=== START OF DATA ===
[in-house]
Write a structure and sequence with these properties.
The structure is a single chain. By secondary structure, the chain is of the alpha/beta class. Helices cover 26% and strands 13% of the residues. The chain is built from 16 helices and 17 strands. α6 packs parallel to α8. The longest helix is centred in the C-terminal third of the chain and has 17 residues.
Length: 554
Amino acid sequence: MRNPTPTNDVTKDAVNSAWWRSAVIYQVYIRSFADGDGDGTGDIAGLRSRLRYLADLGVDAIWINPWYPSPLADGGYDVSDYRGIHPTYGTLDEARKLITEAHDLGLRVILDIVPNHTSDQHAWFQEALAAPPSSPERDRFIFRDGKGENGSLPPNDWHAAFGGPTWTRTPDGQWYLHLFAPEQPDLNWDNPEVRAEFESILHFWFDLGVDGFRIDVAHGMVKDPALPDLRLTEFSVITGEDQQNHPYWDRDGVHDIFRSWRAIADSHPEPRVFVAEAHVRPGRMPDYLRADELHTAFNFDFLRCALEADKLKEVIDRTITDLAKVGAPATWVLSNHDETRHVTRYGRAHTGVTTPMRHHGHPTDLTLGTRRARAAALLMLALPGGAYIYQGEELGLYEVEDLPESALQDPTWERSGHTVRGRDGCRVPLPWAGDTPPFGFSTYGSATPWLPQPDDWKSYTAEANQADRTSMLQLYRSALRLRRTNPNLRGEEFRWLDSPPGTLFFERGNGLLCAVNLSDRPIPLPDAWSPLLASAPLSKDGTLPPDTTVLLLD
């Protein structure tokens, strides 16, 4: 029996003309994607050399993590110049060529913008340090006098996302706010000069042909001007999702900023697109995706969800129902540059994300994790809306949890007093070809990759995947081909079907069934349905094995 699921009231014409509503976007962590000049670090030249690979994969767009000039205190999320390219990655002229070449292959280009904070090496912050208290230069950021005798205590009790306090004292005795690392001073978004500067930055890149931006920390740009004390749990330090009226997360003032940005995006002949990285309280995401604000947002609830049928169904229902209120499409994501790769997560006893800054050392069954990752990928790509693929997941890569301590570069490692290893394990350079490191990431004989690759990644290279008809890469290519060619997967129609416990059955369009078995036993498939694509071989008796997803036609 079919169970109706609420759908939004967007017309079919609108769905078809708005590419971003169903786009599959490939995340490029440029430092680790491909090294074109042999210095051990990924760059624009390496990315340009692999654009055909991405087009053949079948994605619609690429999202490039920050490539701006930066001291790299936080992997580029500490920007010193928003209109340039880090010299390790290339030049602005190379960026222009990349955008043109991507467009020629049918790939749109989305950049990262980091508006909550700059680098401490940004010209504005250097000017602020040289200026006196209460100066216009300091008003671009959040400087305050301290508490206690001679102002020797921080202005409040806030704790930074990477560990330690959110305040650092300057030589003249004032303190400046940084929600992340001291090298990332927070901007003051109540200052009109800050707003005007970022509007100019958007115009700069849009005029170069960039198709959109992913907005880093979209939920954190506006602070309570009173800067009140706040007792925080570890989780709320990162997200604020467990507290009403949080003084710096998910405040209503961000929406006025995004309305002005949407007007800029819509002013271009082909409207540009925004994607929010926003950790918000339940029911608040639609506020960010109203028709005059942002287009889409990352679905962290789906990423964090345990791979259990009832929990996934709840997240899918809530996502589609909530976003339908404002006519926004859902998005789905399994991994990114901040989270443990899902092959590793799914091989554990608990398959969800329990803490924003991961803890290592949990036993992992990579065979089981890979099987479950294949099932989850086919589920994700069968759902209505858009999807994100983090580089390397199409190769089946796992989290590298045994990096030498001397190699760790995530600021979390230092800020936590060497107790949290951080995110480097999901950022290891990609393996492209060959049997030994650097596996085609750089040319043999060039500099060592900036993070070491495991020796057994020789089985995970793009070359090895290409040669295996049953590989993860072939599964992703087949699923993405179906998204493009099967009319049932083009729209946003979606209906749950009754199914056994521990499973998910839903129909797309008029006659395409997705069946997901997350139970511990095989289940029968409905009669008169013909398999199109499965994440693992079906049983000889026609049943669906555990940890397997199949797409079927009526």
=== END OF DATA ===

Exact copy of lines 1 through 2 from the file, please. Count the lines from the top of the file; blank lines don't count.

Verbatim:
[in-house]
Write a structure and sequence with these properties.